- Medication: no medications have been approved specifically to treat FASDs. But several medications can help improve some of the symptoms of FASDs. For example, medication might help manage high energy levels, inability to focus, or depression.
- Behavior and Education Therapy: may include friendship training, specialized math tutoring, executive functioning training, parent-child interaction therapy, and parenting and behavior management training.
- Parent Training: children with FASDs might not respond to the usual parenting practices. Parent training has been successful in educating parents about their child's disability and about ways to teach their child many skills and help them cope with their FASD-related symptoms.
- Alternative Approaches: with any disability, injury, or medical condition, many untested therapies become known and are promoted by informal networks.
Common areas of concern in the classroom:
- Easily frustrated
- Poor fine and gross motor skills
- Poor attention
- Lack of organizational skills
- Problems with concrete thinking
- Poor peer relations
Strategies for teachers:
- Place the child near the front of the room to help them focus
- Allow the students to have short breaks when necessary
- Create borders around children with FAS/FASD such as armrests, footrests, and beanbag chairs. This helps them feel more secure and calms them.
- Before the bell rings to go home, stop the activity and give them enough time to prepare and exit the classroom.
- Have them perform one task at a time. To make sure they understand, have them repeat the instructions. If the activity is brand new, walk through it with them first.
- Taking notes can be difficult and may create a distraction as the child may focus more on writing than the context of the lecture. Provide them with a copy of the teacher's or another student's notes. Because their handwriting is often poor, a computer may be a better way for them to complete their assignments.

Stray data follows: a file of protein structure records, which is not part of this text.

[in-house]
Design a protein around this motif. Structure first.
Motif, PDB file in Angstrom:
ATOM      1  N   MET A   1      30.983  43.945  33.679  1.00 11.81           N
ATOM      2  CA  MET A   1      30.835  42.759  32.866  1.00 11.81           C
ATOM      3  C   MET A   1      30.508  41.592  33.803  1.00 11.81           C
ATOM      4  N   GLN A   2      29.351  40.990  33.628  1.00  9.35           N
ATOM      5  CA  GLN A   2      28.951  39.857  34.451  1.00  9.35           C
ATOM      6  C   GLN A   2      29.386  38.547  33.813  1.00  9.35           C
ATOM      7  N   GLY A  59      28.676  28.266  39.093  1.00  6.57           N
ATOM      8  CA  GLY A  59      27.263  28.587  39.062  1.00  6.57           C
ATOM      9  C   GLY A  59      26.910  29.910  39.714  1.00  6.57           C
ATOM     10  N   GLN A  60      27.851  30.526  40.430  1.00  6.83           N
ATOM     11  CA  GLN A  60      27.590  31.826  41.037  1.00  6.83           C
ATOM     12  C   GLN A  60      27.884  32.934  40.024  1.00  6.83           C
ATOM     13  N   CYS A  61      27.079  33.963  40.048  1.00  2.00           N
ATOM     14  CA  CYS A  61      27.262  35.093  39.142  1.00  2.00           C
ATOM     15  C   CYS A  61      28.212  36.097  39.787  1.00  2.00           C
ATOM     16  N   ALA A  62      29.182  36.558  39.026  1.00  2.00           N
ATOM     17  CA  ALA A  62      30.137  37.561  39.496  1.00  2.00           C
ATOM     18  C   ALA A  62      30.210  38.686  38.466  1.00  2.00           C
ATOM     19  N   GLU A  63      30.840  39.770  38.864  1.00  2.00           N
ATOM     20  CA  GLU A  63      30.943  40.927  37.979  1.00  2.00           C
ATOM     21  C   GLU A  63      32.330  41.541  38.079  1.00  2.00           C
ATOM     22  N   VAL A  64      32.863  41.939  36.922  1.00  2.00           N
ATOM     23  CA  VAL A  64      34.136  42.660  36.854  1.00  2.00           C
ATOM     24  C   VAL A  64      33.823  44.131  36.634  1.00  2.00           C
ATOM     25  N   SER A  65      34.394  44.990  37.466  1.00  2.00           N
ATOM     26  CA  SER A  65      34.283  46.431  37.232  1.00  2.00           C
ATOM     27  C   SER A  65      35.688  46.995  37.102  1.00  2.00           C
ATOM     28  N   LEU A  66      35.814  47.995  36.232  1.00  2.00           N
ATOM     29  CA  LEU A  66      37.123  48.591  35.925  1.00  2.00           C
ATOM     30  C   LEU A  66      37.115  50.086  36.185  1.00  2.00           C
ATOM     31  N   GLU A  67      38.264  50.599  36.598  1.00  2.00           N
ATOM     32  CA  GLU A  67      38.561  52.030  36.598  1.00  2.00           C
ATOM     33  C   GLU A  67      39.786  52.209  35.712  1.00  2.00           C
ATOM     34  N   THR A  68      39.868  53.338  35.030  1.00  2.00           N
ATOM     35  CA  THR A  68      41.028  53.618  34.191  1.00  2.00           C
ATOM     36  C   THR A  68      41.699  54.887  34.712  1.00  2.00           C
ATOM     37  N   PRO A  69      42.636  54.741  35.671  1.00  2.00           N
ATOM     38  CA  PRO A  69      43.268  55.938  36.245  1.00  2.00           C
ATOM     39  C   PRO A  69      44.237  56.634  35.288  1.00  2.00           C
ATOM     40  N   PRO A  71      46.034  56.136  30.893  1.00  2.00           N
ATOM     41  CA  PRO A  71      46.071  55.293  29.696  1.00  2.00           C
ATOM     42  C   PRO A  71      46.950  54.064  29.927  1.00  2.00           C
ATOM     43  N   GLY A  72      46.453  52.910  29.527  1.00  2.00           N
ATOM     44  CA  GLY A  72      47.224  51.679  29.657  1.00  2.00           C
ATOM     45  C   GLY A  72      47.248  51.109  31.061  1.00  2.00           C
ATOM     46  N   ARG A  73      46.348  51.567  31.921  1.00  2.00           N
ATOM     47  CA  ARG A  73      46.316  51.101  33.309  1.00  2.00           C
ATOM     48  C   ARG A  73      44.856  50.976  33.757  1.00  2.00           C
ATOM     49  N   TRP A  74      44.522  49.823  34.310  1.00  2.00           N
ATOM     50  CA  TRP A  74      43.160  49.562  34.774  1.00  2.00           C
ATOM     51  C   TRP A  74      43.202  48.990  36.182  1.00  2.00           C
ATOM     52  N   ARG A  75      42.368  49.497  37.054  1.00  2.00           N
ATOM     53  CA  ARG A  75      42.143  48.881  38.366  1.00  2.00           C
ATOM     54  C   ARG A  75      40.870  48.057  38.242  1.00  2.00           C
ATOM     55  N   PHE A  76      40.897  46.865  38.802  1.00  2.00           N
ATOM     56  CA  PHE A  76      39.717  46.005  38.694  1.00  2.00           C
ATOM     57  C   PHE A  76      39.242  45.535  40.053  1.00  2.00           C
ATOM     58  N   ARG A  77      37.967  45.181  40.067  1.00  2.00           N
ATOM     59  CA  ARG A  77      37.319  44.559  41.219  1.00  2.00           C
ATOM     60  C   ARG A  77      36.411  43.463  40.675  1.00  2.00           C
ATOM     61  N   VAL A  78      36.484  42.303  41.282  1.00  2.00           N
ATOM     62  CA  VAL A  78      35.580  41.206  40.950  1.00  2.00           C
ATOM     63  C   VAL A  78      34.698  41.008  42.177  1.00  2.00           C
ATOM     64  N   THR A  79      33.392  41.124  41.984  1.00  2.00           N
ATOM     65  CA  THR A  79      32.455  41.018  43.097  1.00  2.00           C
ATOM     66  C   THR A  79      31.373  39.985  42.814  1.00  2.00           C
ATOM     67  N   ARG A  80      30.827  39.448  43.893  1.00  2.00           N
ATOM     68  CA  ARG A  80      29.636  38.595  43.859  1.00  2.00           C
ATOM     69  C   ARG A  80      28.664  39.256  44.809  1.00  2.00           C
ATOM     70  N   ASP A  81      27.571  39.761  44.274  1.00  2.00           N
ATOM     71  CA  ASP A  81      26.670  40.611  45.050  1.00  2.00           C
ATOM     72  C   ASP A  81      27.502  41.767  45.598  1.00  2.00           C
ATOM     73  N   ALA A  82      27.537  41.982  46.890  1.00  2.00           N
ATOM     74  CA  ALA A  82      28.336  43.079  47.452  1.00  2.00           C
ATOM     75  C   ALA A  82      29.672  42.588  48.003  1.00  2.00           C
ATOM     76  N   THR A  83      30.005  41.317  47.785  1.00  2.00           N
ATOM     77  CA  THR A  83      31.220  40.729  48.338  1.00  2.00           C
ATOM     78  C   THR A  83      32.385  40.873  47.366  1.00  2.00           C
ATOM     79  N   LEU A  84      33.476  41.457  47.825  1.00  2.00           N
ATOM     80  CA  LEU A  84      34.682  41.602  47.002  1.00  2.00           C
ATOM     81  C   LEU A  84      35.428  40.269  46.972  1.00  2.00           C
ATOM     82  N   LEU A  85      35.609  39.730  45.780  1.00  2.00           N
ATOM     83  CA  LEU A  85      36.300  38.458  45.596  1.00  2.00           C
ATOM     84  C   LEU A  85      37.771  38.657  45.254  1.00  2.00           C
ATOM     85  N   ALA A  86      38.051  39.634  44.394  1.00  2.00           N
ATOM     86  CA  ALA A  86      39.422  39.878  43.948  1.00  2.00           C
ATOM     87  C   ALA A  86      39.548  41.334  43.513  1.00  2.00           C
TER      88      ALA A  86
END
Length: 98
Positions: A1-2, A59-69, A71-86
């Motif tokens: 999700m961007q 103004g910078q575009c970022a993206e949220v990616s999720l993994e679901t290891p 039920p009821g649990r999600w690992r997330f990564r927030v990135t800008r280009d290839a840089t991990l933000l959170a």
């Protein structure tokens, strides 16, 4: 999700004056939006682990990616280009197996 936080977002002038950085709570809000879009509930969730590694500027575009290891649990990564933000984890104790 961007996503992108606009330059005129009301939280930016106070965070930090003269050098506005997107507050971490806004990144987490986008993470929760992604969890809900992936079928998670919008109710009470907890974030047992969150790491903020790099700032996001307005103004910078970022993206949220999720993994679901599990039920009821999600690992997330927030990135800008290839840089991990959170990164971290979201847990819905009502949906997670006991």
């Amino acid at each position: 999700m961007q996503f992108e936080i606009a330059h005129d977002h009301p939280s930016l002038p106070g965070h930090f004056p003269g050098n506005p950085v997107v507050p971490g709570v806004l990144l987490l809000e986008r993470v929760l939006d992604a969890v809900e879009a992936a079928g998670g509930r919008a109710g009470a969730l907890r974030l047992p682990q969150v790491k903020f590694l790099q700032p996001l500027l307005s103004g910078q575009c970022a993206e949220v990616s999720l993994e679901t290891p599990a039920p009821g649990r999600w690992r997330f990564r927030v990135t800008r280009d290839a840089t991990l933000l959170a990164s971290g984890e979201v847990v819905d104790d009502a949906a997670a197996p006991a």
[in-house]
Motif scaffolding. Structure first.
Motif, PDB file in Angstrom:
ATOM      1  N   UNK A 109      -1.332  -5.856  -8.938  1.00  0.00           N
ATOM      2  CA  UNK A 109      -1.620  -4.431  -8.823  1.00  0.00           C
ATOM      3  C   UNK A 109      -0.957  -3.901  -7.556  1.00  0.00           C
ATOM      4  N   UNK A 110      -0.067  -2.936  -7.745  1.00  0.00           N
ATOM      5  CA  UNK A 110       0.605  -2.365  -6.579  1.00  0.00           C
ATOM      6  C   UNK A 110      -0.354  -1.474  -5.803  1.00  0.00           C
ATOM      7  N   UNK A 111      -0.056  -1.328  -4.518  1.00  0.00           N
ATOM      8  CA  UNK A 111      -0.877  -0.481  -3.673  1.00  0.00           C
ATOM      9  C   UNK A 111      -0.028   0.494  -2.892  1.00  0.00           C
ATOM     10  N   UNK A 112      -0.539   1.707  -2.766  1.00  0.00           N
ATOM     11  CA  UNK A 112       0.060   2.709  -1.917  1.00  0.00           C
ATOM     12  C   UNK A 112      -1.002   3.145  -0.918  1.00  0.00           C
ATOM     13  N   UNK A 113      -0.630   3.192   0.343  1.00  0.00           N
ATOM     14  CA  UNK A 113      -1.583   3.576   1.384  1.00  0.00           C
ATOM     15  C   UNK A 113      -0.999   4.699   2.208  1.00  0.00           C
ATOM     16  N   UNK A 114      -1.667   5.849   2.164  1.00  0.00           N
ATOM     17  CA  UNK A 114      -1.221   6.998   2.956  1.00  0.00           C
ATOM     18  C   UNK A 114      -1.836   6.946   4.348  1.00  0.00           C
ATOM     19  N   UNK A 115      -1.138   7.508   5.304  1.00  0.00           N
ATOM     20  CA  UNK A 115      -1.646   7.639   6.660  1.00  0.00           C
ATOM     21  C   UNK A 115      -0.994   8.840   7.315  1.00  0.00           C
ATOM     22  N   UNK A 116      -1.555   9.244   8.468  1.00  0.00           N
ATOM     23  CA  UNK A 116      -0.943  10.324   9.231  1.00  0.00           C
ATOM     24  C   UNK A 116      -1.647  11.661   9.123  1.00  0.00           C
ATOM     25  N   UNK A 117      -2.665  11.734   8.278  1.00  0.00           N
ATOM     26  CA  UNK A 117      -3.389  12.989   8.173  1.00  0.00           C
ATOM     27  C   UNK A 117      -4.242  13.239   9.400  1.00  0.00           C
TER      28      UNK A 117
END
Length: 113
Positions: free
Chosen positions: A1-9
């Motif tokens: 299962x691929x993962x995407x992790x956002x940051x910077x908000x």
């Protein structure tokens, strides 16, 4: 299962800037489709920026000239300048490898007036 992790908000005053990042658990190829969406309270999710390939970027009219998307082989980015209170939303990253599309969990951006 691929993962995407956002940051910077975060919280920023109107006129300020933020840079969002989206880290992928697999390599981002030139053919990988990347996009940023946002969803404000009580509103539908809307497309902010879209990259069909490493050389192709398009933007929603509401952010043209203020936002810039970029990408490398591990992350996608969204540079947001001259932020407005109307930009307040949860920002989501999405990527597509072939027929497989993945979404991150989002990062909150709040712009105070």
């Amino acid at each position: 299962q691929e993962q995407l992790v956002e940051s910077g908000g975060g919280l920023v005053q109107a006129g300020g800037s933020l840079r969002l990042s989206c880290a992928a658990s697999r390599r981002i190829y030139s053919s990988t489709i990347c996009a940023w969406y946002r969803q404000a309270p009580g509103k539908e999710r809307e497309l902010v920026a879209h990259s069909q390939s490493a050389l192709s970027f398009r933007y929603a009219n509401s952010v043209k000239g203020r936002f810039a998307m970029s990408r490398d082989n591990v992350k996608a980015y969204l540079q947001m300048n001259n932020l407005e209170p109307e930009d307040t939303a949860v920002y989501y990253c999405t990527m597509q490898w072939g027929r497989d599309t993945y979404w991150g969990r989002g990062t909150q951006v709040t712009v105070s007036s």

- Behavior problems become more apparent as children enter grade school. Often, a slight bump from a fellow student feels like a push to someone with FAS/FASD. This may result in an outburst or fight. Punishment is not always the best answer since FAS/FASD children may not understand why they are being punished. Try defusing the situation as calmly as possible and moving into a new activity.
- Using visuals, concrete examples, and hands-on learning makes school easier. If one technique is not successful, try something new. Children with FAS/FASD can learn - they just need to use different paths to get there.
- Encourage success and reward positive behavior with praise or incentives. Positive reinforcement should be immediate.
For additional information, please visit the NOFAS website below for information and links to websites developed for teachers working with students diagnosed with FASDs.https://www.nofas.org/education-and-fasd/
1876 Minnehaha Ave. W.
St. Paul, MN 55104
Formerly MOFAS, the Proof Alliance is a national leader in prompting awareness about the effects of prenatal alcohol exposure and advocacy for individuals and families impacted by FASDs. They provide education on the impact of alcohol use during pregnancy and champion efforts for enabling individuals with FASDs to reach their full potential.
Children’s Research Triangle (CRT) is dedicated to the healthy development of children and their families. Their mission is to provide research driven services that improve the quality of life for all children with special needs or those who are at risk for developmental, behavioral, psychological, or educational problems.
National Organization on Fetal Alcohol Syndrome (NOFAS)
1200 Eton Court, NW
Washington, D.C. 20007
NOFAS is dedicated to eliminating birth defects caused by alcohol consumption during pregnancy and to improving the quality of life for those affected individuals and families.
This organization helps families and friends recover from the stress of living with a friend or relative who has a drinking problem. Alateen is a recovery program for young people and is sponsored by Al-Anon members.
Last updated March 2020.